The most powerful way to promote relaxation and sleep lies in our breath.
We spend a good deal of our life simply trying to control our minds. Our thoughts never cease, even when we sleep.
One minute we’re engaged in the moment and the next we’re reliving a random encounter with a complete stranger that happened 6 years ago.
Letting our thoughts run the show not only hurts our concentration but it can actually harm our overall health.
Especially when it comes to our sleep.
Hit the Sheets
We spend about ⅓ of our lives sleeping.
Experts recommend 7-9 hours of sleep a night for adults. However, several studies indicate about 50% of us sleep less than that. Most of us are in what we call “sleep debt”.
The importance of sleep cannot be overstated. It is perhaps the most important aspect of a healthy and happy life. If you need some convincing, read this.
For the 50% of us who aren’t getting enough sleep, the most likely culprit is our own minds.
We’ve all had those nights where our minds are racing a million miles a minute, bouncing from obscure thoughts to absurd worries. Or maybe you wake up suddenly at 3:00 am with a fantastic business idea.
Either way, it’s almost always our thoughts that keep us up.
Thankfully, there are mechanisms in the body we can tap into that physiologically slow the mind down, allowing us to hit the sheets.
Breathe to Relieve
Perhaps the fastest and most effective way to influence the mind is with the breath.
We know that certain breathing patterns regulate different bodily functions.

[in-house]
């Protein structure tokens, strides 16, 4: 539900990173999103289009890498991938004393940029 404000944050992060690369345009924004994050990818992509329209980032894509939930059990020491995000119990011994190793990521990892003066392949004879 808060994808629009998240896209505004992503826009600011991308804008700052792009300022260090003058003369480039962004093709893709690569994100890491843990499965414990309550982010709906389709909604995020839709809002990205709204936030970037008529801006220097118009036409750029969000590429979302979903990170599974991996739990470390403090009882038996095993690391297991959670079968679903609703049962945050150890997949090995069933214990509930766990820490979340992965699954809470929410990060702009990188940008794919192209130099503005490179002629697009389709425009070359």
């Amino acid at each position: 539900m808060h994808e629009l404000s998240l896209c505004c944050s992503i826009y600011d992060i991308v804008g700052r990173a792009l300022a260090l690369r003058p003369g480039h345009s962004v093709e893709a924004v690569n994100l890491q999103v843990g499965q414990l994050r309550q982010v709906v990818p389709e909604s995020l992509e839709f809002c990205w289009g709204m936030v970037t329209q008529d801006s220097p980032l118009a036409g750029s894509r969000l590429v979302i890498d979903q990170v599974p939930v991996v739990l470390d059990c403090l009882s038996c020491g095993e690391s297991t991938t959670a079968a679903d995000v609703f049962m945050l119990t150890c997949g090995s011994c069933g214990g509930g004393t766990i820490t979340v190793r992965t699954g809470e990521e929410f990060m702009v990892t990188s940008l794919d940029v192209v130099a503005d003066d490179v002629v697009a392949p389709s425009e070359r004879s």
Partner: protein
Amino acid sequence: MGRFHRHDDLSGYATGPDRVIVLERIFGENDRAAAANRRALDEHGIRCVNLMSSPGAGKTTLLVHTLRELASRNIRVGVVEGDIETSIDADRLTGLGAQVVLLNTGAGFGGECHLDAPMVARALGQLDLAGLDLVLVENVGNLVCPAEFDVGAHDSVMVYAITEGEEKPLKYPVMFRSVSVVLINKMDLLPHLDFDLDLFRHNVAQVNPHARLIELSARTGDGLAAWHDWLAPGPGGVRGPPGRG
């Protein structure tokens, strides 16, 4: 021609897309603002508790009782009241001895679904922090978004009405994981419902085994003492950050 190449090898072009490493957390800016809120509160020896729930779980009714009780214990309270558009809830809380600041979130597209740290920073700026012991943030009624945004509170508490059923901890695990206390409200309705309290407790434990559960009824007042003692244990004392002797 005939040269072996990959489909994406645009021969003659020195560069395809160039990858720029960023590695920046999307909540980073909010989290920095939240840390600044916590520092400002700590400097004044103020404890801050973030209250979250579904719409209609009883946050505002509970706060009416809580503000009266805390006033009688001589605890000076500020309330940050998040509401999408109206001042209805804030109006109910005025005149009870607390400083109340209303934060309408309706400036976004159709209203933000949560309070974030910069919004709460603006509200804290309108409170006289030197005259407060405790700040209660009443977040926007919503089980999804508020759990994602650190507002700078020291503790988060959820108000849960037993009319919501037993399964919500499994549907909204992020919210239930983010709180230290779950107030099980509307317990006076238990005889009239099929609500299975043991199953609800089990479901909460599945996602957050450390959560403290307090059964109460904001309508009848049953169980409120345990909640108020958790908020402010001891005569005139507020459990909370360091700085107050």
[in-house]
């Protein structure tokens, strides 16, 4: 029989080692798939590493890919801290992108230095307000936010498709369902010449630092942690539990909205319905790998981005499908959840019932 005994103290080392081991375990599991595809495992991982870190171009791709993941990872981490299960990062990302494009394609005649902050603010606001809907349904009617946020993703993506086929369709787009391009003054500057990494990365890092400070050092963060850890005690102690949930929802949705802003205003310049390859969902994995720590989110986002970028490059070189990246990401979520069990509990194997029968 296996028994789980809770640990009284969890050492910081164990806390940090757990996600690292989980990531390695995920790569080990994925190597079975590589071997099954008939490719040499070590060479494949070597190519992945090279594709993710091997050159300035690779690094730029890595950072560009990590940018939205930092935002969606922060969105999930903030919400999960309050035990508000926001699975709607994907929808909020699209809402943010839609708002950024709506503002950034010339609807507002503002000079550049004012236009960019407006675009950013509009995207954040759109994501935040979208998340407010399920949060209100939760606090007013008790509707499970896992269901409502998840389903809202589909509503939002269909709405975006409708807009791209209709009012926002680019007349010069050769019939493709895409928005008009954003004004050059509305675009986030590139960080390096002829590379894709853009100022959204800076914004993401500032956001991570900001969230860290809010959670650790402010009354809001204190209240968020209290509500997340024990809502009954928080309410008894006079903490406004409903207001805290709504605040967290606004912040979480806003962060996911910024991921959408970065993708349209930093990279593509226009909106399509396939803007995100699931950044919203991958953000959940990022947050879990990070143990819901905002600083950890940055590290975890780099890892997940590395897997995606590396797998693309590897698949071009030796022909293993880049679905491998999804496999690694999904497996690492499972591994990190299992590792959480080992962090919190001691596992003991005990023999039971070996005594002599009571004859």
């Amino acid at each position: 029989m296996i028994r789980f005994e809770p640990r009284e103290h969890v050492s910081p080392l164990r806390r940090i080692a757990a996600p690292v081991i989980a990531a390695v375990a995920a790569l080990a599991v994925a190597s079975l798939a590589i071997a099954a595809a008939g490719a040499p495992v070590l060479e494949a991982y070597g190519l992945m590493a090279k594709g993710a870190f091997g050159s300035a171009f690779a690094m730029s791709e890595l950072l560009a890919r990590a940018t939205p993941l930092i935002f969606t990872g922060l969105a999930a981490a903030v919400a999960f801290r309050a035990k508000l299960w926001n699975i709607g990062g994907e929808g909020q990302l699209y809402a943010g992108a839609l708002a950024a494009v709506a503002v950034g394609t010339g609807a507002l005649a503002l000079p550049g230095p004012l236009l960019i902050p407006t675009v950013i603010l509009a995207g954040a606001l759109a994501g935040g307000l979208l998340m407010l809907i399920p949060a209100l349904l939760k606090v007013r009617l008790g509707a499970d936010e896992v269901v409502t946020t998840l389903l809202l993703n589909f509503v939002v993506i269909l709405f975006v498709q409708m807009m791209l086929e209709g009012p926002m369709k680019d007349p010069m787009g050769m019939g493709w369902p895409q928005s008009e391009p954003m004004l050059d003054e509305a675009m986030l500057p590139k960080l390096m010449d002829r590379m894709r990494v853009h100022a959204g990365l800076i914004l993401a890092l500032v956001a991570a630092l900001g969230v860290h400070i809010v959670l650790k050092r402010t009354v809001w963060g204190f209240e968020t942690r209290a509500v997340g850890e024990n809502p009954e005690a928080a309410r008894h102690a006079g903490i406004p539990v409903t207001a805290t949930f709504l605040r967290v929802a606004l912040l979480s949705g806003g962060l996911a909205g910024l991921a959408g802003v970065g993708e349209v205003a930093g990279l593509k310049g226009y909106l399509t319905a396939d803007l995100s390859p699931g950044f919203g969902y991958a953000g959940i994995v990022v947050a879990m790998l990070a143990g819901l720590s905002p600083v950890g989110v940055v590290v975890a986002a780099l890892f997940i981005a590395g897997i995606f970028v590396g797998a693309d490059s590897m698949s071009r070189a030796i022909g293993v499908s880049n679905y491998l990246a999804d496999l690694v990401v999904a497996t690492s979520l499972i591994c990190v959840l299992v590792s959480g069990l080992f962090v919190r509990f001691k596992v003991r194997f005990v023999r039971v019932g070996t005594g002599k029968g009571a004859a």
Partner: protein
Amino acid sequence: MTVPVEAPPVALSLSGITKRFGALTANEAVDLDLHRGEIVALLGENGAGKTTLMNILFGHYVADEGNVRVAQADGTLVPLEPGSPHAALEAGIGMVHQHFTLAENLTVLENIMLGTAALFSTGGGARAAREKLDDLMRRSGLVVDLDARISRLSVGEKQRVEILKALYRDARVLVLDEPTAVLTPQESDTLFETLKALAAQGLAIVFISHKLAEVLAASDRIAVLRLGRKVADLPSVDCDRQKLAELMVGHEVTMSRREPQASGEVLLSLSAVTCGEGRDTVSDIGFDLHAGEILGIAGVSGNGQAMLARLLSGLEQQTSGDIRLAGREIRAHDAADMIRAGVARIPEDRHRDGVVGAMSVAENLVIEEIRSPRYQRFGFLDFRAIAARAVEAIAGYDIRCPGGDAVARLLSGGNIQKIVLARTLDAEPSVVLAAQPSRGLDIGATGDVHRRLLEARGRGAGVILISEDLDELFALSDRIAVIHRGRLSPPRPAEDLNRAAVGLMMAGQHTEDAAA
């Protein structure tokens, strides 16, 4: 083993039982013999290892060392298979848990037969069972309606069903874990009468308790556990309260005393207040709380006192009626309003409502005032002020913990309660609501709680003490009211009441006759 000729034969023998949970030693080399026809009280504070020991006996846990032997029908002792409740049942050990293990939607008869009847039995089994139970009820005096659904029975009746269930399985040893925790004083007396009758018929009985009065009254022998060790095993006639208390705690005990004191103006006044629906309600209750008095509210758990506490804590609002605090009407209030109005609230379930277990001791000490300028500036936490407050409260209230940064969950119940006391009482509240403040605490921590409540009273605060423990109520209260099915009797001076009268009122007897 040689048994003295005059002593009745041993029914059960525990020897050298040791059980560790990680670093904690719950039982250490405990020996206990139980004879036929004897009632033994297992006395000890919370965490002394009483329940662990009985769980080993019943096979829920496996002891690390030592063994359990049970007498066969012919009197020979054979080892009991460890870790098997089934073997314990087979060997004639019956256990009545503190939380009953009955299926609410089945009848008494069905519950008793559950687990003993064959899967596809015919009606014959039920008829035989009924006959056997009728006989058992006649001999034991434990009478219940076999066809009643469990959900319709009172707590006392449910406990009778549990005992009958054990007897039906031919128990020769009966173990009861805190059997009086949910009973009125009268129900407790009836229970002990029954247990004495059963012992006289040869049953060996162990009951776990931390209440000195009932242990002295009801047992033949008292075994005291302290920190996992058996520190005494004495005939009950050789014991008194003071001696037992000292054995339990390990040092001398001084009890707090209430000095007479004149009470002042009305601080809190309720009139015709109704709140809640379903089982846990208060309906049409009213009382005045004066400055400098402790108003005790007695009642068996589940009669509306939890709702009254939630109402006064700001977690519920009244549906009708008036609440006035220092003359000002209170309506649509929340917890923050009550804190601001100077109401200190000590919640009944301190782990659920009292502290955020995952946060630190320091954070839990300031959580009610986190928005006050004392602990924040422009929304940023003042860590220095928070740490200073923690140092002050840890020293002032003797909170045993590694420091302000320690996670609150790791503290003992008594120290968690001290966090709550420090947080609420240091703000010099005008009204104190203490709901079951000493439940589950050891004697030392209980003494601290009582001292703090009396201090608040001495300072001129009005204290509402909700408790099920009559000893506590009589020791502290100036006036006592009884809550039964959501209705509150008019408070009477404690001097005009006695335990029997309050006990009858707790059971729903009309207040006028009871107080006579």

For instance, the physiological sigh reinflates the air sacks in our lungs and slows the heart rate down, promoting a sense of calm and reducing anxiety.
Techniques like box breathing can heighten focus and performance while simultaneously reducing stress. It’s a popular method for people in high-stress situations like Navy Seals and Doctors.
For slowing the mind down and promoting sleep, we’ve got the 4-7-8 method.
Made popular by Dr. Andrew Weil, the 4-7-8 breathing technique emphasizes a long, drawn-out exhale to slow the heart rate and calm our thoughts.
This pattern of breathing is backed by a few scientific studies and a ton of anecdotal evidence. Proponents say that the first few times you practice it you don’t really feel anything, but after a few days of practice, you’ll fall asleep within minutes.
We’ve utilized this method ourselves with some pretty grand results and now want to share it with all of you.
Learn how to use the breath to promote sleep and relaxation in this free guided exercise.